Need Help? Give us a call.
1 (800) 386-3372
A cash flow forecast estimates how much money will flow in and out of your business at any given time. This means it includes all your projected revenues, and excludes all your non-cash expenses and costs. A cash flow forecast typically covers a yearly period, though can be made for any time frame—a week, a month, or a year.
Cash flow has always been king for small businesses. In fact, more small businesses fail because of cash flow problems than for any other reason.
It doesn’t have to be that way. There are many best practices, such as preparing a cash flow statement, that you can follow to help you manage cash flow and mitigate any problems. But to be truly useful, your cash flow forecast needs to be as accurate as possible. That’s a challenge, because any forecast involves an element of guess work. That being said, there are a number of things you can do to ensure that your cash flow forecast is as accurate and helpful as possible.
In this guide we are going to show you how to accurately cash flow forecast so that you can face cash flow issues head on and make responsible decisions on behalf of your business. But first, let’s learn a bit more about what cash flow is, and why it’s so important to prepare a cash flow forecast.
Cash flow is the net amount of cash moving into and out of a business at any given time. The operative word here is “time,” as the amount of money moving in and out of your business can only really be understood through a given timeframe. Most businesses track their cash flow on a month-to-month basis.
When you have more money flowing into the business than you have flowing out, you are considered “cash flow positive.” It’s very important for a business to be cash flow positive, because then you have money in the bank to pay your employees, purchase inventory or raw materials, and cover all your other operating costs.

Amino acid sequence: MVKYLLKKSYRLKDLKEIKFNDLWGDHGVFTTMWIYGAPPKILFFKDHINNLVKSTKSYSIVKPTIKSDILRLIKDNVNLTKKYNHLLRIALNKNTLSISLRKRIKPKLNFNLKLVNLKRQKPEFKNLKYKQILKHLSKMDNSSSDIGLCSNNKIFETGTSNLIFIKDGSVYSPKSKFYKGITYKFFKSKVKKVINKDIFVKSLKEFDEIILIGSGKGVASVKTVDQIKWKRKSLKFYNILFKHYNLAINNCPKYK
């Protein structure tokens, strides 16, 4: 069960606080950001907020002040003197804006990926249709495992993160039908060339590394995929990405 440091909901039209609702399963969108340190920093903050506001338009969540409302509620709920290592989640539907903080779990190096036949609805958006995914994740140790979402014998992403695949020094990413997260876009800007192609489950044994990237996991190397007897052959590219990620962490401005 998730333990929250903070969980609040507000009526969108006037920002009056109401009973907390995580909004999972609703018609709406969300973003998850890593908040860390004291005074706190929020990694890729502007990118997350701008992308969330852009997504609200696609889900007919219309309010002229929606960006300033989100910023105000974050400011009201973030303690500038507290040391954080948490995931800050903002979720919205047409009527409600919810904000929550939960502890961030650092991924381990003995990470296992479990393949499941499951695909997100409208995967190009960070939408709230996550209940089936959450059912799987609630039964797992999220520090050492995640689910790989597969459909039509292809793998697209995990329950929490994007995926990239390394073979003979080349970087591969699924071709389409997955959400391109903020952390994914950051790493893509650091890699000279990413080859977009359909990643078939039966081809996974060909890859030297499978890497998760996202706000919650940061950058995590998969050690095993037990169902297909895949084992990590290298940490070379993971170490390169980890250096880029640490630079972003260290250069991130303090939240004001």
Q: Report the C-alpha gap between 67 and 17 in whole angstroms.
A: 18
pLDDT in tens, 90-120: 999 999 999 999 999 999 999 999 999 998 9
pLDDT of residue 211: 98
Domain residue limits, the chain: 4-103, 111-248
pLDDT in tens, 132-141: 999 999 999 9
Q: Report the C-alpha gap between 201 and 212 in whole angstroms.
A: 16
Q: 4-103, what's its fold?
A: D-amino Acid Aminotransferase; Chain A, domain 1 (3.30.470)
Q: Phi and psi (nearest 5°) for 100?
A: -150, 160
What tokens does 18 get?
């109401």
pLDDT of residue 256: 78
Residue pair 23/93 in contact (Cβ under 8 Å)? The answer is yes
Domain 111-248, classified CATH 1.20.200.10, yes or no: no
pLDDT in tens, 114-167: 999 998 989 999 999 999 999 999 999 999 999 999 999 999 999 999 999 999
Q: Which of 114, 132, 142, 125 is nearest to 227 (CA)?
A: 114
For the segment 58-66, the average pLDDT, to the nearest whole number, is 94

You can actually be profitable without having positive cash flow. If your business makes more money than it spends within a given year, you’re profitable. However, if you still have several outstanding invoices or you’re waiting for payments to process through a credit card company, you might have more cash flowing out of the business than you do coming in—in which case, you’re cash flow negative.
Being cash flow negative might mean you don’t have enough money to cover essential business expenses. However, if you create a cash flow forecast, you can avoid these types of situations by planning ahead.
A cash flow forecast is a model that estimates your business’s future financial position from a cash flow perspective in order to responsibly manage your finances in the present. When you make a cash flow forecast, you’re judging what your future cash flow will be based on anticipated payments, receivables, as well capital investment and debt financing.
Put another way, cash flow forecasting is a way to ensure that the business will have enough cash on hand to continue operating and avoid funding issues. It’s a core tenant of responsible business financial management.
By now, we hope the importance of cash flow forecasting is obvious: It helps you manage your business finances responsibly. But why is that?